Sunday, September 16, 2012
Let me say it one more time, for the record: Cyclists, every single traffic law that applies to cars also applies to you!
But I'm afraid I'm in the minority. The other day I was walking across a cross walk and was nearly taken out by a kid on a bicycle who blew through the four-way intersection without stopping for the sign. This is typical. Later that day I posted on Facebook, “Am I the only cyclist who respects traffic laws?”. One of my long time riding buddies responded succinctly: “Yes.”
Obviously, peer pressure isn't working. It hurts my libertarian soul to say what I am about to say, but I think the only answer is increased enforcement. Anyone on a bike who fails to stop at a stop sign or give proper turn signals, needs to be ticketed and pay a big fine. They are a public safety hazard and they give us few law-abiding cycle commuters a bad name. Anyone who can't obey traffic laws doesn't belong on a public road.
If you feel the way I do, feel free to write a letter to your local police department asking them to enforce traffic laws for cyclist the same way they do for cars. If possible, send a paper letter. E-mail is too easy to delete; paper usually stays on file for a while.
Tuesday, August 28, 2012
For most of the past two years I have primarily been a walker. I had been living in a loft above a downtown commercial building and had abundant retail opportunities within a few blocks of me, so there was hardly a reason to ride a bike, much less drive. In fact, I gave away my bikes to people who could use them because I hated to see them gathering dust.
A few months ago, however, I moved to Riverside, CA, to go to grad school. Riverside is quite a bicycle friendly town (by California standards). It has well marked bike lanes in most major streets and bicycle buttons on many intersections. In general, I have found that motorists here hate cyclists much less than those in Los Angeles (who deliberately tried to kill me a couple of times). Too, most of the stores were much further from my new apartment than they had been from my old one. The supermarket is about a five mile round trip. I have no problem walking five miles to buy groceries, but it gets 110ºF (43ºC) here in the summer, and it was impossible to buy frozen food without it melting before I got home. I decided it was time to buy another bike.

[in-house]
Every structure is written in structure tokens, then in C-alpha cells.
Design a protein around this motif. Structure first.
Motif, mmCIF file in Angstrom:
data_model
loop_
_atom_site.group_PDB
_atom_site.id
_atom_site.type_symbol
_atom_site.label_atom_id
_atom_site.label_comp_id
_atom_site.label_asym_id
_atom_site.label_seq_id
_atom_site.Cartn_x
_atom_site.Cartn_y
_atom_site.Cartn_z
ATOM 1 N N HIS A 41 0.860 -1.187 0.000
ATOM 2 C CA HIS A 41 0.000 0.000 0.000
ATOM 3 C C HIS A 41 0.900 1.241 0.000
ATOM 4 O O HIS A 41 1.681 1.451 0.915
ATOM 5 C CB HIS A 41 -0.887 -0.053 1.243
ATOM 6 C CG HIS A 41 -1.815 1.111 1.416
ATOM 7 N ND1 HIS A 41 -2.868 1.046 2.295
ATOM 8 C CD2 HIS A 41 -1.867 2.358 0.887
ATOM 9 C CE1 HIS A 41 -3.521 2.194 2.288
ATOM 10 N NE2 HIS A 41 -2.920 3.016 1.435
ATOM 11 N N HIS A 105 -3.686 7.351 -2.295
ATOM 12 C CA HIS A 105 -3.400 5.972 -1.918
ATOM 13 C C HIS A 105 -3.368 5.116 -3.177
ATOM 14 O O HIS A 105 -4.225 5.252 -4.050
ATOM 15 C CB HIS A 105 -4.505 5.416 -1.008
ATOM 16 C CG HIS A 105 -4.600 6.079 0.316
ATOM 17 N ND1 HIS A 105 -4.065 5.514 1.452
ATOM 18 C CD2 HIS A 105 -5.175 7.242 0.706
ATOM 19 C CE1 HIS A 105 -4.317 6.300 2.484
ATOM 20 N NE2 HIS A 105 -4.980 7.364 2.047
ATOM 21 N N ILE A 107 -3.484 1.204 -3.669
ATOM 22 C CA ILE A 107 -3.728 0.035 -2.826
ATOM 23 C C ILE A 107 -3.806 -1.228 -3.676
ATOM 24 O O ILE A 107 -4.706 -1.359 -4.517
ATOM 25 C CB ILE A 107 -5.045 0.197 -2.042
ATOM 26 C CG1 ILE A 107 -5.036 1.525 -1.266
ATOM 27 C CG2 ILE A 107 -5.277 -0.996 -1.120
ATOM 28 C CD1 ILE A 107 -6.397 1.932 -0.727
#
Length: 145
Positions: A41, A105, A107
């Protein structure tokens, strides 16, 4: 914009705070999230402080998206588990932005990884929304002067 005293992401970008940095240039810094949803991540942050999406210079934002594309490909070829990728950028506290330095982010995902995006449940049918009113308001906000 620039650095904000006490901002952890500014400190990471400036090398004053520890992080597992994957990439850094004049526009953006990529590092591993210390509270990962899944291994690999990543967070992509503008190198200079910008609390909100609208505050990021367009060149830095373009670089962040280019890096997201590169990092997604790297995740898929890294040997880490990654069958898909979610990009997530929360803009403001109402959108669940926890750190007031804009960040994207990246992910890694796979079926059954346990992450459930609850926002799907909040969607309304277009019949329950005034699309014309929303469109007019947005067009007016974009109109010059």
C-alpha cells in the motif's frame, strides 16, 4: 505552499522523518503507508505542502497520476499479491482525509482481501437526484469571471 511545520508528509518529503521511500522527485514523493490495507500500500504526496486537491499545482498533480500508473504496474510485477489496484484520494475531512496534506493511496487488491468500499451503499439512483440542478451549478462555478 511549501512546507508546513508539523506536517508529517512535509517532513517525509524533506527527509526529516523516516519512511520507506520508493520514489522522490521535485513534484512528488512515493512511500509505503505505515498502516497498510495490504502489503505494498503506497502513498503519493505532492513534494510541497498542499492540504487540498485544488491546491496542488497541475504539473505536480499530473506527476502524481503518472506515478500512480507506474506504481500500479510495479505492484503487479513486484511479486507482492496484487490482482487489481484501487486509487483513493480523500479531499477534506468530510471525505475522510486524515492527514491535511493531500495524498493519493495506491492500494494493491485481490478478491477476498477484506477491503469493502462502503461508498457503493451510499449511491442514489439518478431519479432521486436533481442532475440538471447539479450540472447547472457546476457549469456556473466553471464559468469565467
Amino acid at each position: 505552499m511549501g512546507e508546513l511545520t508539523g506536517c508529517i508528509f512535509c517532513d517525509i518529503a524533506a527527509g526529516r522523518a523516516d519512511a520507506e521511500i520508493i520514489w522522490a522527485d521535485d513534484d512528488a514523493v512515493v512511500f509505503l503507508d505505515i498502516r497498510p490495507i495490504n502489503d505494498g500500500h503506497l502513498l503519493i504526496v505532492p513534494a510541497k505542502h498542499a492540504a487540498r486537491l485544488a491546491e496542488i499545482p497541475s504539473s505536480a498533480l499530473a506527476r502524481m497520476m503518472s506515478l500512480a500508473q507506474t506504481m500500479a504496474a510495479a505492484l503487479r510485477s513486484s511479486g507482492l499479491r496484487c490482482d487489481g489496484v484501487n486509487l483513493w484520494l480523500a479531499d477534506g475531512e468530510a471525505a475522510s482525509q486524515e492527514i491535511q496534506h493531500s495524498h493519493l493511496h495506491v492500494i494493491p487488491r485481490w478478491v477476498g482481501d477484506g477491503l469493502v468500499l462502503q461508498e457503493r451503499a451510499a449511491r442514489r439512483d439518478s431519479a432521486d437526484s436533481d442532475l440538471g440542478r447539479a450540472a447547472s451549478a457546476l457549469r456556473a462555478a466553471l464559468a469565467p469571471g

After a long search, I settled on the Union Flyer from Gran Royal. I have now been riding it for nearly two weeks, and feel ready to write a review.
When I chose the bike, I knew I needed something simple and basic. After commuting for years on an 18 speed road bike, I knew I didn't want to mess around with any more derailers or skinny high-pressure tires. Also I didn't want anything too fancy because it would be locked on campus at all hours and was likely to get stolen or vandalized. The Union Flyer seemed to fit the bill and, at $140 (on sale at Nashbar) the price was right.